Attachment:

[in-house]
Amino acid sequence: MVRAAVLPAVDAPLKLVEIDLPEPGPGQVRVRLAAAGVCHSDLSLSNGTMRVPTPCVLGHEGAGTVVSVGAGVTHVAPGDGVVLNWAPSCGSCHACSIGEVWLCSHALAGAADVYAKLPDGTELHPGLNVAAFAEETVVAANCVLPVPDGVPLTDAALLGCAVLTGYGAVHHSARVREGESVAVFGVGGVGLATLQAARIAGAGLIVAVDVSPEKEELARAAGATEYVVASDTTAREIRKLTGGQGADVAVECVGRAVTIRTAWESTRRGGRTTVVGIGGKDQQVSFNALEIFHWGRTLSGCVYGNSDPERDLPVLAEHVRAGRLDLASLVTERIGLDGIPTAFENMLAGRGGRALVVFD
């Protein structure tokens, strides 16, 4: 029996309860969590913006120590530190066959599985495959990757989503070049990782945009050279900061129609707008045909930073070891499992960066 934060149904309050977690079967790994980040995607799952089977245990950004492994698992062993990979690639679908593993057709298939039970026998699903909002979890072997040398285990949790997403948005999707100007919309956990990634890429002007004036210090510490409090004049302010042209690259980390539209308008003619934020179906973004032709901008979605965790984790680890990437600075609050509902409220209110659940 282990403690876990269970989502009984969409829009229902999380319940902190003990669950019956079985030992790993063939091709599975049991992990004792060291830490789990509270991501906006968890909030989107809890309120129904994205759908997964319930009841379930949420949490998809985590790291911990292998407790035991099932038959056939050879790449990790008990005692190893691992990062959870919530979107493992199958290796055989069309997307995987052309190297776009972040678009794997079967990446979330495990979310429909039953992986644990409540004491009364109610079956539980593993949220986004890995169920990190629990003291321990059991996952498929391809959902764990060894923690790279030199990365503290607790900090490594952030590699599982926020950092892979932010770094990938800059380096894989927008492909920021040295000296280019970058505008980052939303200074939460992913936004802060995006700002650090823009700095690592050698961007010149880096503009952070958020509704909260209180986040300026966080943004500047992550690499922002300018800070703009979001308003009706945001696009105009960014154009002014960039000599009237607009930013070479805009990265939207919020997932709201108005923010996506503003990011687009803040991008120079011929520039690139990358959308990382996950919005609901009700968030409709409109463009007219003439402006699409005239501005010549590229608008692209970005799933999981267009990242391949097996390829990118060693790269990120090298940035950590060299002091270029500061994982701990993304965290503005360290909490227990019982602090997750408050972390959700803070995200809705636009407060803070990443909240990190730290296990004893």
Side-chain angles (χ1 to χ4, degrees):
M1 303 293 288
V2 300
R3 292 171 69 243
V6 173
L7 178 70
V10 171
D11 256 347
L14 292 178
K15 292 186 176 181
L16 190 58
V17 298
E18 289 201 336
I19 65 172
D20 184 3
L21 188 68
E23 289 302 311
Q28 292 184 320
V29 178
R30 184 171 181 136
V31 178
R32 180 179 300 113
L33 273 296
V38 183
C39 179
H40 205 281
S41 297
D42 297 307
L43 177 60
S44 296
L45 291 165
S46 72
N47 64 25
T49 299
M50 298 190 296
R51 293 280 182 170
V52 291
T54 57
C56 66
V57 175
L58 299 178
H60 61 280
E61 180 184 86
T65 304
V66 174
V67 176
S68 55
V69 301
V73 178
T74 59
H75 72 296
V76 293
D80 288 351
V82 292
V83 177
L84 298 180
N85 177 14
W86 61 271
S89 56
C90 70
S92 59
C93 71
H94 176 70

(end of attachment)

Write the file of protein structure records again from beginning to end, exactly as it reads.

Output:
[in-house]
Amino acid sequence: MVRAAVLPAVDAPLKLVEIDLPEPGPGQVRVRLAAAGVCHSDLSLSNGTMRVPTPCVLGHEGAGTVVSVGAGVTHVAPGDGVVLNWAPSCGSCHACSIGEVWLCSHALAGAADVYAKLPDGTELHPGLNVAAFAEETVVAANCVLPVPDGVPLTDAALLGCAVLTGYGAVHHSARVREGESVAVFGVGGVGLATLQAARIAGAGLIVAVDVSPEKEELARAAGATEYVVASDTTAREIRKLTGGQGADVAVECVGRAVTIRTAWESTRRGGRTTVVGIGGKDQQVSFNALEIFHWGRTLSGCVYGNSDPERDLPVLAEHVRAGRLDLASLVTERIGLDGIPTAFENMLAGRGGRALVVFD
């Protein structure tokens, strides 16, 4: 029996309860969590913006120590530190066959599985495959990757989503070049990782945009050279900061129609707008045909930073070891499992960066 934060149904309050977690079967790994980040995607799952089977245990950004492994698992062993990979690639679908593993057709298939039970026998699903909002979890072997040398285990949790997403948005999707100007919309956990990634890429002007004036210090510490409090004049302010042209690259980390539209308008003619934020179906973004032709901008979605965790984790680890990437600075609050509902409220209110659940 282990403690876990269970989502009984969409829009229902999380319940902190003990669950019956079985030992790993063939091709599975049991992990004792060291830490789990509270991501906006968890909030989107809890309120129904994205759908997964319930009841379930949420949490998809985590790291911990292998407790035991099932038959056939050879790449990790008990005692190893691992990062959870919530979107493992199958290796055989069309997307995987052309190297776009972040678009794997079967990446979330495990979310429909039953992986644990409540004491009364109610079956539980593993949220986004890995169920990190629990003291321990059991996952498929391809959902764990060894923690790279030199990365503290607790900090490594952030590699599982926020950092892979932010770094990938800059380096894989927008492909920021040295000296280019970058505008980052939303200074939460992913936004802060995006700002650090823009700095690592050698961007010149880096503009952070958020509704909260209180986040300026966080943004500047992550690499922002300018800070703009979001308003009706945001696009105009960014154009002014960039000599009237607009930013070479805009990265939207919020997932709201108005923010996506503003990011687009803040991008120079011929520039690139990358959308990382996950919005609901009700968030409709409109463009007219003439402006699409005239501005010549590229608008692209970005799933999981267009990242391949097996390829990118060693790269990120090298940035950590060299002091270029500061994982701990993304965290503005360290909490227990019982602090997750408050972390959700803070995200809705636009407060803070990443909240990190730290296990004893």
Side-chain angles (χ1 to χ4, degrees):
M1 303 293 288
V2 300
R3 292 171 69 243
V6 173
L7 178 70
V10 171
D11 256 347
L14 292 178
K15 292 186 176 181
L16 190 58
V17 298
E18 289 201 336
I19 65 172
D20 184 3
L21 188 68
E23 289 302 311
Q28 292 184 320
V29 178
R30 184 171 181 136
V31 178
R32 180 179 300 113
L33 273 296
V38 183
C39 179
H40 205 281
S41 297
D42 297 307
L43 177 60
S44 296
L45 291 165
S46 72
N47 64 25
T49 299
M50 298 190 296
R51 293 280 182 170
V52 291
T54 57
C56 66
V57 175
L58 299 178
H60 61 280
E61 180 184 86
T65 304
V66 174
V67 176
S68 55
V69 301
V73 178
T74 59
H75 72 296
V76 293
D80 288 351
V82 292
V83 177
L84 298 180
N85 177 14
W86 61 271
S89 56
C90 70
S92 59
C93 71
H94 176 70